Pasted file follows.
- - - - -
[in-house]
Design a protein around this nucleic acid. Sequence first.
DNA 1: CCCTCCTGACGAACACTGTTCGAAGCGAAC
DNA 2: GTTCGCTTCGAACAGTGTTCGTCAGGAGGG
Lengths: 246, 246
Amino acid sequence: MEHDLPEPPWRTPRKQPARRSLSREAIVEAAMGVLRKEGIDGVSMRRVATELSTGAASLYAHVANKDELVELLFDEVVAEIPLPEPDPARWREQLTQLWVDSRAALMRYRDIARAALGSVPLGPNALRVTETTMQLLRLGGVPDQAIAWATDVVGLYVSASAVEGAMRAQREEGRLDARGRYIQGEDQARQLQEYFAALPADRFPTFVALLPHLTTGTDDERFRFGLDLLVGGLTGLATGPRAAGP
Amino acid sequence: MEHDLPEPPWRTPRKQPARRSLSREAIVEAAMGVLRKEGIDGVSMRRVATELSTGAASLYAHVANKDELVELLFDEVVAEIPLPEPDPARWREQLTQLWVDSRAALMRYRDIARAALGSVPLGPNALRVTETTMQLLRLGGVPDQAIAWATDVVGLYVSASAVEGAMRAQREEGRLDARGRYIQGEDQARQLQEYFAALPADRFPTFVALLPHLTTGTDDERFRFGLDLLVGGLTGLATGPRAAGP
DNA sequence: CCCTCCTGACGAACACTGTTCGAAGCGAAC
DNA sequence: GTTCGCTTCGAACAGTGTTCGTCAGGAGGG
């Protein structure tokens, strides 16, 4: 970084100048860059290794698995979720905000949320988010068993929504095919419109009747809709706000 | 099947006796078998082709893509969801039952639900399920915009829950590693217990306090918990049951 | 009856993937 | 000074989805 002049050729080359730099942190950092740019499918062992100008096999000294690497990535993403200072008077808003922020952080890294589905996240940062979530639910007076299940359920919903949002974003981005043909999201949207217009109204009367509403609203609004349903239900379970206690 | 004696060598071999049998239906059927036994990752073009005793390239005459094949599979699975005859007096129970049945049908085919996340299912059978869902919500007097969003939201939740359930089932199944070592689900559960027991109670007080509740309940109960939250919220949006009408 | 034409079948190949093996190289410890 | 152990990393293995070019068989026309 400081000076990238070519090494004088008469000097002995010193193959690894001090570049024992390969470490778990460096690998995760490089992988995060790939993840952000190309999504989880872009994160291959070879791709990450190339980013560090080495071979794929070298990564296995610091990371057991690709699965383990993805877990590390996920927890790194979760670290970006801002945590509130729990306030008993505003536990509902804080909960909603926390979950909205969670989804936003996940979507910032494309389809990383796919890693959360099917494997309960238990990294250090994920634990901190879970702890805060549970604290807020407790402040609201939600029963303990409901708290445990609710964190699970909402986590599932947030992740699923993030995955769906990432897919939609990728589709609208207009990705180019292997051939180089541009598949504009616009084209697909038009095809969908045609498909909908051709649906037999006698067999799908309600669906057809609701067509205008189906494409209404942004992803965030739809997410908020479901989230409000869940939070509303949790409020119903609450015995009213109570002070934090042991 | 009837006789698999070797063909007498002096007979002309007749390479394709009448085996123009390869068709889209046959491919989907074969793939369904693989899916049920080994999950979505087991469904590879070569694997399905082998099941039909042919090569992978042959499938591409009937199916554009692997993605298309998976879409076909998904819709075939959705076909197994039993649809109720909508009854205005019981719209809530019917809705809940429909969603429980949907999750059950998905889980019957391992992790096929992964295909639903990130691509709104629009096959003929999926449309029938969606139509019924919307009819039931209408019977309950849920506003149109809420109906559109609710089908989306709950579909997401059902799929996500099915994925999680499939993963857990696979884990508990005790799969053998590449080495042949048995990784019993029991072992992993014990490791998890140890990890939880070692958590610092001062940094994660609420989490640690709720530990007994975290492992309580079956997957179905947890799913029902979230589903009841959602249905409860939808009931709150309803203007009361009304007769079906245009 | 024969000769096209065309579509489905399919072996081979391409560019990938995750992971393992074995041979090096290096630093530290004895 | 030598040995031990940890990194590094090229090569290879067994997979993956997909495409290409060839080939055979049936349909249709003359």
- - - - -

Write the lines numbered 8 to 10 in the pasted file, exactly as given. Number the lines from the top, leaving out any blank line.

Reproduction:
DNA sequence: CCCTCCTGACGAACACTGTTCGAAGCGAAC
DNA sequence: GTTCGCTTCGAACAGTGTTCGTCAGGAGGG
């Protein structure tokens, strides 16, 4: 970084100048860059290794698995979720905000949320988010068993929504095919419109009747809709706000 | 099947006796078998082709893509969801039952639900399920915009829950590693217990306090918990049951 | 009856993937 | 000074989805 002049050729080359730099942190950092740019499918062992100008096999000294690497990535993403200072008077808003922020952080890294589905996240940062979530639910007076299940359920919903949002974003981005043909999201949207217009109204009367509403609203609004349903239900379970206690 | 004696060598071999049998239906059927036994990752073009005793390239005459094949599979699975005859007096129970049945049908085919996340299912059978869902919500007097969003939201939740359930089932199944070592689900559960027991109670007080509740309940109960939250919220949006009408 | 034409079948190949093996190289410890 | 152990990393293995070019068989026309 400081000076990238070519090494004088008469000097002995010193193959690894001090570049024992390969470490778990460096690998995760490089992988995060790939993840952000190309999504989880872009994160291959070879791709990450190339980013560090080495071979794929070298990564296995610091990371057991690709699965383990993805877990590390996920927890790194979760670290970006801002945590509130729990306030008993505003536990509902804080909960909603926390979950909205969670989804936003996940979507910032494309389809990383796919890693959360099917494997309960238990990294250090994920634990901190879970702890805060549970604290807020407790402040609201939600029963303990409901708290445990609710964190699970909402986590599932947030992740699923993030995955769906990432897919939609990728589709609208207009990705180019292997051939180089541009598949504009616009084209697909038009095809969908045609498909909908051709649906037999006698067999799908309600669906057809609701067509205008189906494409209404942004992803965030739809997410908020479901989230409000869940939070509303949790409020119903609450015995009213109570002070934090042991 | 009837006789698999070797063909007498002096007979002309007749390479394709009448085996123009390869068709889209046959491919989907074969793939369904693989899916049920080994999950979505087991469904590879070569694997399905082998099941039909042919090569992978042959499938591409009937199916554009692997993605298309998976879409076909998904819709075939959705076909197994039993649809109720909508009854205005019981719209809530019917809705809940429909969603429980949907999750059950998905889980019957391992992790096929992964295909639903990130691509709104629009096959003929999926449309029938969606139509019924919307009819039931209408019977309950849920506003149109809420109906559109609710089908989306709950579909997401059902799929996500099915994925999680499939993963857990696979884990508990005790799969053998590449080495042949048995990784019993029991072992992993014990490791998890140890990890939880070692958590610092001062940094994660609420989490640690709720530990007994975290492992309580079956997957179905947890799913029902979230589903009841959602249905409860939808009931709150309803203007009361009304007769079906245009 | 024969000769096209065309579509489905399919072996081979391409560019990938995750992971393992074995041979090096290096630093530290004895 | 030598040995031990940890990194590094090229090569290879067994997979993956997909495409290409060839080939055979049936349909249709003359």